The celebration was ecstatic but also seemed to contain a hint of defiance. Jordan Henderson cupped his ears at the rejoicing Liverpool fans as though he wished to know what people thought now.
He had just completed a run characteristic of the archetypal English box-to-box midfielder, charging into the penalty area and connecting with Roberto Firmino’s delightfully-weighted cross to score.
The clock stood at 86 minutes and this was the moment Liverpool knew Friday’s game at Southampton was well and truly won — and that they would remain top of the table this week. Mohamed’s Salah superb strike in the 80th minute was decisive, but this was the point at which they could breathe freely again, another escape secured.
Manchester City will still win the Premier League if they maintain a 100 per cent record. But the manner in which Liverpool keep eking out victories suggests that City will have to do just that if they wish to retain their title. Henderson’s gesture, seemingly at odds with such a triumphant moment, was perhaps directed at Liverpool’s critics in general, rather than the away fans. In the recesses of social media, there remain outposts quick to dismiss Henderson’s ability and influence.
When he joined Liverpool in 2011 it seemed a stretch to pay £16million for a promising Sunderland player just about to turn 21. So unconvincing was he that when Brendan Rodgers took over a year later, he attempted to ship him out to Fulham so he could bring in Clint Dempsey. Rodgers’ view would change. Indeed, last summer, he drew attention to the fact that in Liverpool’s last title charge in 2014, Henderson’s absence in the definitive game against Chelsea at home — the day of Steven Gerrard’s slip — was crucial. Having been sent off in injury time against Manchester City, he was suspended.
‘His physical influence, the pressing he brought to that team, was really missed,’ said Rodgers.
Next Sunday, Liverpool play Chelsea at home. This time Henderson will be there and he will be starting if the 30-plus minutes he contributed at Southampton are anything go by. Gary Neville made the point that Friday’s game changed when Jurgen Klopp brought on James Milner at right back and Henderson in midfield on 59 minutes.
Notwithstanding the need to rotate, the early change was an indication that Klopp had erred initially. Without Henderson, Liverpool’s midfield was swamped. For the final third of the game, that was never the case.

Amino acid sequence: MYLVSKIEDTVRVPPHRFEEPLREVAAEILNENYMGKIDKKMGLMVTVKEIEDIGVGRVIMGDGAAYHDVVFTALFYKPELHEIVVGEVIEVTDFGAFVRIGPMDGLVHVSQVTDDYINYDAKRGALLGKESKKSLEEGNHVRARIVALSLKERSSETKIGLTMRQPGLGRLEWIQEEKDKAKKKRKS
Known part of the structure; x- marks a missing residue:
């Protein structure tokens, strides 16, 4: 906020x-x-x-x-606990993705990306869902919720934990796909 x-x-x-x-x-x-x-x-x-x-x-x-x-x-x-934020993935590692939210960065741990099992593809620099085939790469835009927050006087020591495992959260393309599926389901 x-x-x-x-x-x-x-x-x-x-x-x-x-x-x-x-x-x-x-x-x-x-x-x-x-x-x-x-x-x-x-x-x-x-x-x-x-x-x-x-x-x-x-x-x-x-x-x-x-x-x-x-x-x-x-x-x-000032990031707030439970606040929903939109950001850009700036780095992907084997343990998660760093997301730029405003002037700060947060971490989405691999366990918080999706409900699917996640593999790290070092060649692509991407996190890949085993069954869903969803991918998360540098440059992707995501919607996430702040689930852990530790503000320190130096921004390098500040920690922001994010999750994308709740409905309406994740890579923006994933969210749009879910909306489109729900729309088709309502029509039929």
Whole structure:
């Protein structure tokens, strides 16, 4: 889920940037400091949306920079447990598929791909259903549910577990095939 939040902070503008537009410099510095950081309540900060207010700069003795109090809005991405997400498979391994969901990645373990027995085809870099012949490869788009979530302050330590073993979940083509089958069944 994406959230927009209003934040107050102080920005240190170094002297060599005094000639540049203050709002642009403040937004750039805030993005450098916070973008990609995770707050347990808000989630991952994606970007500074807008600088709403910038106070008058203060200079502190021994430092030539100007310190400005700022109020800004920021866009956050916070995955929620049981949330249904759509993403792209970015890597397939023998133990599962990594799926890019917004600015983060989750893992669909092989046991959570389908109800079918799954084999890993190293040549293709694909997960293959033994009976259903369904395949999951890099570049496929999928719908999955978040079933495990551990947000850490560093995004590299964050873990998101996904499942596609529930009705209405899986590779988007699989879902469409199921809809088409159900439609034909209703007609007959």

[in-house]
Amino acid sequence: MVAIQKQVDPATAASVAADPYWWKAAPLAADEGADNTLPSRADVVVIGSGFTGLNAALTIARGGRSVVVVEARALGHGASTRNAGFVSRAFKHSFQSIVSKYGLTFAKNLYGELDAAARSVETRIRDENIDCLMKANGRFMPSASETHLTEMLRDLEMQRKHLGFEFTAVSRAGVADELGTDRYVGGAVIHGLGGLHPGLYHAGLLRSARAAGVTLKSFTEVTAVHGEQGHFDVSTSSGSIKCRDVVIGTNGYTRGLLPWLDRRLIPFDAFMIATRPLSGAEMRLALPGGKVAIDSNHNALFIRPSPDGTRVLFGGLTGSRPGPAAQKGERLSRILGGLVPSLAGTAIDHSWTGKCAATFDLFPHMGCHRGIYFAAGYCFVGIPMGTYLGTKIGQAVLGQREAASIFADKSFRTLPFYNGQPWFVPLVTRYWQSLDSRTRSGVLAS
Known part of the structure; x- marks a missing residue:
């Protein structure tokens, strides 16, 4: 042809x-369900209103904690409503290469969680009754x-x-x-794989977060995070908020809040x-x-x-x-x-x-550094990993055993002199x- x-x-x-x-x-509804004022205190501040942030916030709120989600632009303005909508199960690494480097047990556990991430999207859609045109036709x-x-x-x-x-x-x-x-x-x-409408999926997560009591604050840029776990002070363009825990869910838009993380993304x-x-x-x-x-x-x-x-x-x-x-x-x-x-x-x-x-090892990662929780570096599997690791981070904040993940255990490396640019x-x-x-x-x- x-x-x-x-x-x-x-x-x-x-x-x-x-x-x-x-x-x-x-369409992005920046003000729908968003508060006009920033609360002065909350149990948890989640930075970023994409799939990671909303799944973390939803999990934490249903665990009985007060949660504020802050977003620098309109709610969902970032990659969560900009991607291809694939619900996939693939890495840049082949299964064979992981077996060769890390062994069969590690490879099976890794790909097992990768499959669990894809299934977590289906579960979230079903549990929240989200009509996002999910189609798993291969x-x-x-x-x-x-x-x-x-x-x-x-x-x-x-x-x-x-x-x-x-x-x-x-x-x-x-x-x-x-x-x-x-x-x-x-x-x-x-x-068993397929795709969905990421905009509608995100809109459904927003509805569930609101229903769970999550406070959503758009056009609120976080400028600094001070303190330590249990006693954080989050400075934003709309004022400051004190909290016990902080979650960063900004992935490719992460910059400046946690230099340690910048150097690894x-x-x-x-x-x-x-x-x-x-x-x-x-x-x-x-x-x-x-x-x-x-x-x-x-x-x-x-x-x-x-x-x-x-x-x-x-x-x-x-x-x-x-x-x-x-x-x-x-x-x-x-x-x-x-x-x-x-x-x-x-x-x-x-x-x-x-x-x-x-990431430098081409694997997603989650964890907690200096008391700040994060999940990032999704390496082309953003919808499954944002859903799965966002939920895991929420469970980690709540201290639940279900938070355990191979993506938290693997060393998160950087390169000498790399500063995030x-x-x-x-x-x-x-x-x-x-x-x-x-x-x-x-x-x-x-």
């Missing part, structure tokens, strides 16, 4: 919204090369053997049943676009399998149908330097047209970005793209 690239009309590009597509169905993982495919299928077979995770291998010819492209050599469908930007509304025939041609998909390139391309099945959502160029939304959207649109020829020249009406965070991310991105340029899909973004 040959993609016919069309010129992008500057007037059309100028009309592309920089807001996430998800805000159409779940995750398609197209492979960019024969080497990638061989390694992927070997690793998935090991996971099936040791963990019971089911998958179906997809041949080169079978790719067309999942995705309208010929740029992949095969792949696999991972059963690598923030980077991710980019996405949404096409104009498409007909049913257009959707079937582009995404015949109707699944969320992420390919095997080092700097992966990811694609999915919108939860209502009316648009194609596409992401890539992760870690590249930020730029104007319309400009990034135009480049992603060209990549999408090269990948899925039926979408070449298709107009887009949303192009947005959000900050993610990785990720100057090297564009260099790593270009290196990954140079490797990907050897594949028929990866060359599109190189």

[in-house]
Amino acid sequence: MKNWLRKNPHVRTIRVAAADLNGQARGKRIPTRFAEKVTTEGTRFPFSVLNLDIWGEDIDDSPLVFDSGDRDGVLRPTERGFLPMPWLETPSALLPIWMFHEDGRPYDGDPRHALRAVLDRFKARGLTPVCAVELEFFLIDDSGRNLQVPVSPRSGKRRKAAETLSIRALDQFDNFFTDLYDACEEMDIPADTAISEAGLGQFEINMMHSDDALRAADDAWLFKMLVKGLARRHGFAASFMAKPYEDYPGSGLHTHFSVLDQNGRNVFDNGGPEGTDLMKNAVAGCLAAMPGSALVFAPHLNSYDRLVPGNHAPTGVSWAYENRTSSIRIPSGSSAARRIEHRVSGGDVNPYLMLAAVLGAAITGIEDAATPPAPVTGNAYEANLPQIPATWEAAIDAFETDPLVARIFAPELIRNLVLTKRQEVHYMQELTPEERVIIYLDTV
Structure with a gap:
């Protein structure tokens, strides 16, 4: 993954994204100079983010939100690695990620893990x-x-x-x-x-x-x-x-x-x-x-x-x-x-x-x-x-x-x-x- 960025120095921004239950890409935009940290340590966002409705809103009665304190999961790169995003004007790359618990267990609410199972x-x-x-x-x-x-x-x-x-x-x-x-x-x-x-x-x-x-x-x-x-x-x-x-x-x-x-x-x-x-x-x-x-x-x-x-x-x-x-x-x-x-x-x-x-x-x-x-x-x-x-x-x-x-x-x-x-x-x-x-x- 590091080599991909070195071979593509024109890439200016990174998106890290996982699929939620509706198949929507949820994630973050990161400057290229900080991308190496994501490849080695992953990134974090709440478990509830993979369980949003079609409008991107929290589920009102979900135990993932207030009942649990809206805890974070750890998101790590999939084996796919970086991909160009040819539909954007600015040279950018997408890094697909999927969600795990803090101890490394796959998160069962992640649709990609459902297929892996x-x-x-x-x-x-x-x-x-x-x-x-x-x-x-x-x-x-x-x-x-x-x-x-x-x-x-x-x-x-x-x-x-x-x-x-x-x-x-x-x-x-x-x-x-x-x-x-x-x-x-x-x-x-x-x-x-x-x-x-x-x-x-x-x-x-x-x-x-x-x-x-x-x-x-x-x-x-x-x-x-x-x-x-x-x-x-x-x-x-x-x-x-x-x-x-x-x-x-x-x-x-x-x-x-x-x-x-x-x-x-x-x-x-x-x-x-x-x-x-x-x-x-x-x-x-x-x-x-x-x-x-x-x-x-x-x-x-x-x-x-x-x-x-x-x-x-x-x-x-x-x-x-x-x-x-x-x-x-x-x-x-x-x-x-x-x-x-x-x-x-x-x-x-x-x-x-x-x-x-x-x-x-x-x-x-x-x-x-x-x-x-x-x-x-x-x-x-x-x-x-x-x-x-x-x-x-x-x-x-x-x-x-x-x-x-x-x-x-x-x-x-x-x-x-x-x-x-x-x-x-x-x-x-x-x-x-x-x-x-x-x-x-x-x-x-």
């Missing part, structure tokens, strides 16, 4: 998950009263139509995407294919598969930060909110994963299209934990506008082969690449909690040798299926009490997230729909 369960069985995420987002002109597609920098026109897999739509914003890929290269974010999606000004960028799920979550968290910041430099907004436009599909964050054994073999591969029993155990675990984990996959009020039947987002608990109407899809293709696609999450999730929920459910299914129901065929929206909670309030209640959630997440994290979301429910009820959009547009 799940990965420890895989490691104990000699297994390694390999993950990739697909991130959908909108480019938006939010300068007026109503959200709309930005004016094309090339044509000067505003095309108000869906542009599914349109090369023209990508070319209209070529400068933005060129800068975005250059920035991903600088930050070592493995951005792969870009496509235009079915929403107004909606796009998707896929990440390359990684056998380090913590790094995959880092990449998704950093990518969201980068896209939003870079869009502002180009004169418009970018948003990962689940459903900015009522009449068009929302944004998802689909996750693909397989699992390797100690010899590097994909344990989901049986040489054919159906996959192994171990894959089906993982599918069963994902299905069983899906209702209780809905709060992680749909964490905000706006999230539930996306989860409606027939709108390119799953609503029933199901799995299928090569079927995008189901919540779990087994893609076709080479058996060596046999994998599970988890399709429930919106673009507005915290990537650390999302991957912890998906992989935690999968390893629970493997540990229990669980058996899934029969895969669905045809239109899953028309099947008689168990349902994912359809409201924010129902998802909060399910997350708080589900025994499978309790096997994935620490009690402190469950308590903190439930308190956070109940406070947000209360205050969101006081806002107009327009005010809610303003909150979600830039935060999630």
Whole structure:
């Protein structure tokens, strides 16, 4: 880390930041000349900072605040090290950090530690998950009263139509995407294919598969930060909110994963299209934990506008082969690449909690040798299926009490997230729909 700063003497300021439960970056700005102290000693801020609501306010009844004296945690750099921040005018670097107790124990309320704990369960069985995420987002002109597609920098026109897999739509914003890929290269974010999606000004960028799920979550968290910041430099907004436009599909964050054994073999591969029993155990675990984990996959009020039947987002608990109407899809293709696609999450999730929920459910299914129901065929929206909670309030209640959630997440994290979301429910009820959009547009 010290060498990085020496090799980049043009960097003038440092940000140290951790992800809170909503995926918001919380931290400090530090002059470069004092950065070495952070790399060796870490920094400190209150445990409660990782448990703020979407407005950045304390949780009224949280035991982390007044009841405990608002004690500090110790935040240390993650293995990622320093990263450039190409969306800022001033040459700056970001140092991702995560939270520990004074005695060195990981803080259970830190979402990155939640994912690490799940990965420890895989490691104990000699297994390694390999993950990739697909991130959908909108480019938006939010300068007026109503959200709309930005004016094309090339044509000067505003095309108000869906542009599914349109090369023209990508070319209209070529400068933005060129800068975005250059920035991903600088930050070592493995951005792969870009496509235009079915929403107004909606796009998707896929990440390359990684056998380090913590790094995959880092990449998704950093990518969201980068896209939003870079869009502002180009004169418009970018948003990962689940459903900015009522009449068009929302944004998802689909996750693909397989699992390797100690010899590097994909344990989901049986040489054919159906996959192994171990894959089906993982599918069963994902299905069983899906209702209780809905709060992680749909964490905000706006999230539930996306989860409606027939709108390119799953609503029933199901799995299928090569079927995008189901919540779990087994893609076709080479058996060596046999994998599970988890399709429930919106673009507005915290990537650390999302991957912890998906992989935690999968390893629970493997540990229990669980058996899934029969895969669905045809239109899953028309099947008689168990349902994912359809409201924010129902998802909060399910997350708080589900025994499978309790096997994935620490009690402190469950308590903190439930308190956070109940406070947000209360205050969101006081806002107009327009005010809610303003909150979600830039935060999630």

Klopp is still bemused when people refer to the rise of Henderson, roaring with laughter when he is asked about how the player has matured for club and country.
‘It would be a shame if he was not better now than he was at 21,’ said Klopp. ‘Of course, he is a much better player. Hendo, from my point of view, is a brilliant player. He’s our skipper, he’s a fantastic character. If I had to write a book about Hendo, it would be 500 pages. So I’m very positive.
‘The most difficult job in the last 500 years of football was to replace Steven Gerrard. In the mind of the people it was “If it’s not Stevie, it’s not good enough”. And he has dealt with that outstandingly well so he can be really proud. Now we have to think of the future and he is a very important part of our team.’
The fact Henderson was in the box at all was an indication of the refined role he could be playing in the final five games this season.
‘I haven’t got in those positions often this season because I’ve been playing a deeper role but I’ve had conversations with the manager and felt as though I could affect it a little bit higher up,’ said Henderson. ‘Thankfully I could contribute. It was a big goal.’
Klopp acknowledged that we might be about to see the attacking side of Henderson’s game. ‘When I came in and first thought about the team, Hendo was a box-to-box player. We made him a No6 (a deeper role) and that’s good. I think it’s helped him a lot to play in different positions. Against Southampton the runs in behind their defence helped us a lot.’
Henderson was vice-captain for the memorable 2013-14 season that came so close to the title and remains integral to the team five years later.
Only he among current regular starters really knows what the pain of losing a toe-to-toe race like this means to Liverpool.